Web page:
Not too long ago, a man was arrested for flying his drone over a government building in Putrajaya. Now, the Department of Civil Aviation (DCA) is looking to put a stop to illegal drone flying in the country. RIP drone flying in Malaysia!
Drone shots are beautiful, we’ve seen it on travel videos, event videos and more but, what many drone owners do not realise is that nearly all the drone flying they do outside of their own home is actually considered unlawful.
Malaysian authorities cracking down on drone flying
A DCA spokesman said the enforcement unit is expected to start operations early next year and would be based at all 21 airports nationwide. “The enforcement officers will monitor the airspace with a special radar that lets them spot drone activity in a specific area,” the spokesman said.
Although there are already laws governing drone use, the spokesman said that DCA has not strictly enforced them. Hence, leading hobbyist to believe that they require no permit to fly their drones. DCA officers will be working with the police to carry out this operation.
Under Civil Aviation Regulations 2016, all drone activity regardless of their size and purpose requires a flying permit from DCA. Flights of drones are also capped at a maximum height of 120m only.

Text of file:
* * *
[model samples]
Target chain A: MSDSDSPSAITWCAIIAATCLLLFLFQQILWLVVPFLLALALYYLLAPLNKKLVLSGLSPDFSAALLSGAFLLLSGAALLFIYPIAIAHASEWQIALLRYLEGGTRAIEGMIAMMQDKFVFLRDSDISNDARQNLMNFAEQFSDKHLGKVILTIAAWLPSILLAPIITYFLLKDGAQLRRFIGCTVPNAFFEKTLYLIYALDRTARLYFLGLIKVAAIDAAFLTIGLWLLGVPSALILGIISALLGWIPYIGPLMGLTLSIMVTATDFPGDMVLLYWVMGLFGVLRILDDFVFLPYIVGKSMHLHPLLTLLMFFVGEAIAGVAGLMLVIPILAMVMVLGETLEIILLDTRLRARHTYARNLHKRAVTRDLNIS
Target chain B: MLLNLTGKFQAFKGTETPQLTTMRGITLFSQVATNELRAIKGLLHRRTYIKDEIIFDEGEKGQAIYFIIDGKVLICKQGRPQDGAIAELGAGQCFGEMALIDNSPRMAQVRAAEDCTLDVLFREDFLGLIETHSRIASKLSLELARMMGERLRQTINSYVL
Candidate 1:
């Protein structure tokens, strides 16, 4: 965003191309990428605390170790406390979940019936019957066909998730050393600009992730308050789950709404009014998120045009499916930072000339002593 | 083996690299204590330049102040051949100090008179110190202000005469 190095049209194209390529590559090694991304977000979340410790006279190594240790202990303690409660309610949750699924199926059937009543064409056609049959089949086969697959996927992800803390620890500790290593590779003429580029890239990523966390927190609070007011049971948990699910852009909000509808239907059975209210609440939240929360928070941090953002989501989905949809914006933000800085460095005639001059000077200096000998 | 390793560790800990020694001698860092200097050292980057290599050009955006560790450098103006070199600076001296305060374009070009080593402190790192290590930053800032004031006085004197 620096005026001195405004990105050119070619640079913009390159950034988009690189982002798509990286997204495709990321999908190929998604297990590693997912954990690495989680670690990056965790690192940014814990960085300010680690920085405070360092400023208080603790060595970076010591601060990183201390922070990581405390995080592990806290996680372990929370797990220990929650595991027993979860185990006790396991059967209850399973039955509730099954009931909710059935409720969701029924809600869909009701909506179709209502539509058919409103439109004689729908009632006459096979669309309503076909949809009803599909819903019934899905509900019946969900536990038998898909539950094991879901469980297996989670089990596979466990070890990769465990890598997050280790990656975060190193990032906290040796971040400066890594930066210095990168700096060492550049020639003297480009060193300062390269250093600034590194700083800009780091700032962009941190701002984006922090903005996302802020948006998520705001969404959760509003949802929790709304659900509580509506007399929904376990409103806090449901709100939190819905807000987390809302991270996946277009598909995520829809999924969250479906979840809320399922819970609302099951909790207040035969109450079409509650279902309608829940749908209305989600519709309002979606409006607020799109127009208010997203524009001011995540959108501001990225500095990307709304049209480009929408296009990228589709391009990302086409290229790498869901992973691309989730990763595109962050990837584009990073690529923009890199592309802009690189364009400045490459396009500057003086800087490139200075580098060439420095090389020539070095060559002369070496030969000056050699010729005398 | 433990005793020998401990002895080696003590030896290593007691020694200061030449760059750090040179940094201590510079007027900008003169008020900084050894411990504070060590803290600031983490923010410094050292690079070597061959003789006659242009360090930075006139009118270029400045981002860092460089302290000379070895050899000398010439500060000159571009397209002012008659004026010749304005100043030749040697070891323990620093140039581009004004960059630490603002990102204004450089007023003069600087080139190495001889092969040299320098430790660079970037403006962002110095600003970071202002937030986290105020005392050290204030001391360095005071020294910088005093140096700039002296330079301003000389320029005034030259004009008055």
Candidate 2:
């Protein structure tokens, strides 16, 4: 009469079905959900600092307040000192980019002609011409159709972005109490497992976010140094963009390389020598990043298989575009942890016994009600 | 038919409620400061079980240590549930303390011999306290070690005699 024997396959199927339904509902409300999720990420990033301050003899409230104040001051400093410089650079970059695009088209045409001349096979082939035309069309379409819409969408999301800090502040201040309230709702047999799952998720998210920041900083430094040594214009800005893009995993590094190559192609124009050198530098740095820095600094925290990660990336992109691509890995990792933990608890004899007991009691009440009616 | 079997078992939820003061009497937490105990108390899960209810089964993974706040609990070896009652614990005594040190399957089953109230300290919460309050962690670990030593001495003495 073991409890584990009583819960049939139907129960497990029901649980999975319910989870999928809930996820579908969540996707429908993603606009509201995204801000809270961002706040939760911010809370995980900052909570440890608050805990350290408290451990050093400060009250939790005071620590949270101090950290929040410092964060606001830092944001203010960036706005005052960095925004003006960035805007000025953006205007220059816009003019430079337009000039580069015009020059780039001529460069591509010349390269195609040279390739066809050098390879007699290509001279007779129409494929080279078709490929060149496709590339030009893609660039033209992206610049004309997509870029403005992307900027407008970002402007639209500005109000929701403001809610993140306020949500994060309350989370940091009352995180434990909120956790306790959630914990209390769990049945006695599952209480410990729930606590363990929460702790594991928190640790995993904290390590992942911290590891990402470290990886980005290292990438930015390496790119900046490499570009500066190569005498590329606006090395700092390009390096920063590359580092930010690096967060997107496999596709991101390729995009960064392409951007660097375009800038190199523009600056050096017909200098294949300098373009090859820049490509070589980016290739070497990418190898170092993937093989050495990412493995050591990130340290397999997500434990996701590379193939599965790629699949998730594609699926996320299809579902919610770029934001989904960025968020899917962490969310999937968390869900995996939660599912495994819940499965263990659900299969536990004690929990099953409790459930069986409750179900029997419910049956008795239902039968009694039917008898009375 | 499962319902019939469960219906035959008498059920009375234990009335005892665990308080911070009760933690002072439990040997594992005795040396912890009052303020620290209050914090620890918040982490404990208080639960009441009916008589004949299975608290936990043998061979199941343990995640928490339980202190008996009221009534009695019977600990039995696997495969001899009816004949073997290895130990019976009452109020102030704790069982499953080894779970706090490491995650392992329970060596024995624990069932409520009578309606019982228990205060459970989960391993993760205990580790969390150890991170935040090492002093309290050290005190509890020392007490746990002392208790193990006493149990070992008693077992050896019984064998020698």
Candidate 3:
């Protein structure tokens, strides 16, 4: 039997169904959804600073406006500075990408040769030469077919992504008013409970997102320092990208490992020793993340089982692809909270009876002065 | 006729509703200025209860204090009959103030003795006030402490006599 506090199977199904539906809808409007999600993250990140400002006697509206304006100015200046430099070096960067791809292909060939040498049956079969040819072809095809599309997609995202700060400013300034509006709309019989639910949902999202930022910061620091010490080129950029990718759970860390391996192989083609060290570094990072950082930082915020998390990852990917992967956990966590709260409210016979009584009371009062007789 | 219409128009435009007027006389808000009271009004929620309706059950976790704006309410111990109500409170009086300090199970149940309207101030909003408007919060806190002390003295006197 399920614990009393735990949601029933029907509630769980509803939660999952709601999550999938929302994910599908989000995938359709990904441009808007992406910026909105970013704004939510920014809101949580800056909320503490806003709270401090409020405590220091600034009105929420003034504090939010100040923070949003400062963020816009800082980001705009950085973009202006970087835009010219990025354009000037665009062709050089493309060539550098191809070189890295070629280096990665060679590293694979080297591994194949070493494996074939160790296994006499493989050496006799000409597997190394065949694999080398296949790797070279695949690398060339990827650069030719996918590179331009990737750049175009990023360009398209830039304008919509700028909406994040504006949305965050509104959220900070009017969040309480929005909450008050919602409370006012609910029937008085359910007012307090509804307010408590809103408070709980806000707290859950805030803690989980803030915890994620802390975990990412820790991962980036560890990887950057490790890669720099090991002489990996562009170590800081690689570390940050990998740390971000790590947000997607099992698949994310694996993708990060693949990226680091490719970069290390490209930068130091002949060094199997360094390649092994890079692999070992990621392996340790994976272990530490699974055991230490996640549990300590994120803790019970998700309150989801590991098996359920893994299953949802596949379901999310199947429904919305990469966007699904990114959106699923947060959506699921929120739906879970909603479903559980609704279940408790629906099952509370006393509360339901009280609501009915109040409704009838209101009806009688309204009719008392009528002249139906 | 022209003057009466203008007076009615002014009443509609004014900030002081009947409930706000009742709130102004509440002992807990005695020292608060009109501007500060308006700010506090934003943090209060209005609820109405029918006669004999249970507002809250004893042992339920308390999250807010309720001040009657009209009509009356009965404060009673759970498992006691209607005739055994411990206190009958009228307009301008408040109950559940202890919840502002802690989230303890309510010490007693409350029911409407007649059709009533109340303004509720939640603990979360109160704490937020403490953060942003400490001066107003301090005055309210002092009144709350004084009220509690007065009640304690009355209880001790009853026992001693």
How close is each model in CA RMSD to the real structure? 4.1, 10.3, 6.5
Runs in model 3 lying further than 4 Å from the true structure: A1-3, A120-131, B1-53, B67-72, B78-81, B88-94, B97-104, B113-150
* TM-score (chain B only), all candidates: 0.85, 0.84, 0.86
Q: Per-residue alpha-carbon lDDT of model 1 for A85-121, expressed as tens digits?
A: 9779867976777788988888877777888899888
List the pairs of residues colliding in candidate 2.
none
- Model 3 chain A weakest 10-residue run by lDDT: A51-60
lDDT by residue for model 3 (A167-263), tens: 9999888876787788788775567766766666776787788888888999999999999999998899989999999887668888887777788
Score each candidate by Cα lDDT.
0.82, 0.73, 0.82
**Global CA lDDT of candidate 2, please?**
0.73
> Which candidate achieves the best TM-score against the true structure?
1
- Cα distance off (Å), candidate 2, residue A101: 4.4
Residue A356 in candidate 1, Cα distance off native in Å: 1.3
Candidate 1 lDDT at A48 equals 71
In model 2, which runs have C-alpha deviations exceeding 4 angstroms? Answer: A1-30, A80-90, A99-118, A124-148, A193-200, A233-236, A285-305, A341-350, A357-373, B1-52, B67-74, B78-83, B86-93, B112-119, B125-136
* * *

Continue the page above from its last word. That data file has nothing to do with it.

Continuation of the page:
So if you’re caught flying your drone without a permit, you’ll be arrested and your drones will be seized.
- ndividuals found guilty of violating the regulations could be fined up to RM50,000 or jailed up to three years, or both.
- Companies that fly drones illegally face a fine of up to RM100,000 and its officers jailed six months, or both.
So can I fly my drone at all?
Yes, drone owners are allowed to fly their drones within their own compounds up to a height of 50m without a permit.
If you want to fly it outside your compound, it is compulsory to apply for a license that specifies where you want to fly the aircraft, and it is valid for three months.
DCA is proposing a one-time registration fee of RM800 and a renewal fee of RM500 for the following year. Currently, only drones that weigh more than 20kg need to be registered with DCA.
“Many of those who use their drones for aerial photography are also unaware that they need a permit from the Department of Survey And Mapping,” the spokesperson added. He said many recreational drone owners had taken things for granted, thinking that they were exempted by virtue of being hobbyists. By law, drones are also prohibited from flying within a 7km radius of airports, royal palaces and telco base stations. KLCC and Putrajaya are also considered “no-fly zones” for security purposes.
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